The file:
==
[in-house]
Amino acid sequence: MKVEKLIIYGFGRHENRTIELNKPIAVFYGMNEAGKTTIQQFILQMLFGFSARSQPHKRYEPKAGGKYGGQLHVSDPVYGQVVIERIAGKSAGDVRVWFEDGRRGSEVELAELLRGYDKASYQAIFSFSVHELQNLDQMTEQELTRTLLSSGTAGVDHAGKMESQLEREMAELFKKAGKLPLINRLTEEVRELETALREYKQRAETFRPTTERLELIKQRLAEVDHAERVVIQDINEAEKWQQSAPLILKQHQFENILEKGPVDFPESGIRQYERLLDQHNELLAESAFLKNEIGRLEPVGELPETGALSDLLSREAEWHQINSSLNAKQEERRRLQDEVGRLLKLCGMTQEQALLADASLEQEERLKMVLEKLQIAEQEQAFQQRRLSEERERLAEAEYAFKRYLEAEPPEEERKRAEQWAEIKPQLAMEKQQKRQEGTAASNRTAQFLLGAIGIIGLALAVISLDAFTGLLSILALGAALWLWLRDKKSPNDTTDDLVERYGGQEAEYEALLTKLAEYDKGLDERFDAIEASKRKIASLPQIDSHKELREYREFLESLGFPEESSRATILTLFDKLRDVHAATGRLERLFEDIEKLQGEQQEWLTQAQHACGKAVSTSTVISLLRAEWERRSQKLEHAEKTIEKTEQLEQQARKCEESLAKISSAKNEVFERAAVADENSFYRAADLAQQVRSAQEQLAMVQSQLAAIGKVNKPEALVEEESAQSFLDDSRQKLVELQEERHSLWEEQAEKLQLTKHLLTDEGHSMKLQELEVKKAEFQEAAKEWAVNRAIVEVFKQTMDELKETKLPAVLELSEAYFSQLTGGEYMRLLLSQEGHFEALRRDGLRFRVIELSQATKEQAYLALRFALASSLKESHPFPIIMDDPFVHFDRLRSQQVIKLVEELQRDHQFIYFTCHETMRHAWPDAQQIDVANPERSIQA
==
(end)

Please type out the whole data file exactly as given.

[in-house]
Amino acid sequence: MKVEKLIIYGFGRHENRTIELNKPIAVFYGMNEAGKTTIQQFILQMLFGFSARSQPHKRYEPKAGGKYGGQLHVSDPVYGQVVIERIAGKSAGDVRVWFEDGRRGSEVELAELLRGYDKASYQAIFSFSVHELQNLDQMTEQELTRTLLSSGTAGVDHAGKMESQLEREMAELFKKAGKLPLINRLTEEVRELETALREYKQRAETFRPTTERLELIKQRLAEVDHAERVVIQDINEAEKWQQSAPLILKQHQFENILEKGPVDFPESGIRQYERLLDQHNELLAESAFLKNEIGRLEPVGELPETGALSDLLSREAEWHQINSSLNAKQEERRRLQDEVGRLLKLCGMTQEQALLADASLEQEERLKMVLEKLQIAEQEQAFQQRRLSEERERLAEAEYAFKRYLEAEPPEEERKRAEQWAEIKPQLAMEKQQKRQEGTAASNRTAQFLLGAIGIIGLALAVISLDAFTGLLSILALGAALWLWLRDKKSPNDTTDDLVERYGGQEAEYEALLTKLAEYDKGLDERFDAIEASKRKIASLPQIDSHKELREYREFLESLGFPEESSRATILTLFDKLRDVHAATGRLERLFEDIEKLQGEQQEWLTQAQHACGKAVSTSTVISLLRAEWERRSQKLEHAEKTIEKTEQLEQQARKCEESLAKISSAKNEVFERAAVADENSFYRAADLAQQVRSAQEQLAMVQSQLAAIGKVNKPEALVEEESAQSFLDDSRQKLVELQEERHSLWEEQAEKLQLTKHLLTDEGHSMKLQELEVKKAEFQEAAKEWAVNRAIVEVFKQTMDELKETKLPAVLELSEAYFSQLTGGEYMRLLLSQEGHFEALRRDGLRFRVIELSQATKEQAYLALRFALASSLKESHPFPIIMDDPFVHFDRLRSQQVIKLVEELQRDHQFIYFTCHETMRHAWPDAQQIDVANPERSIQA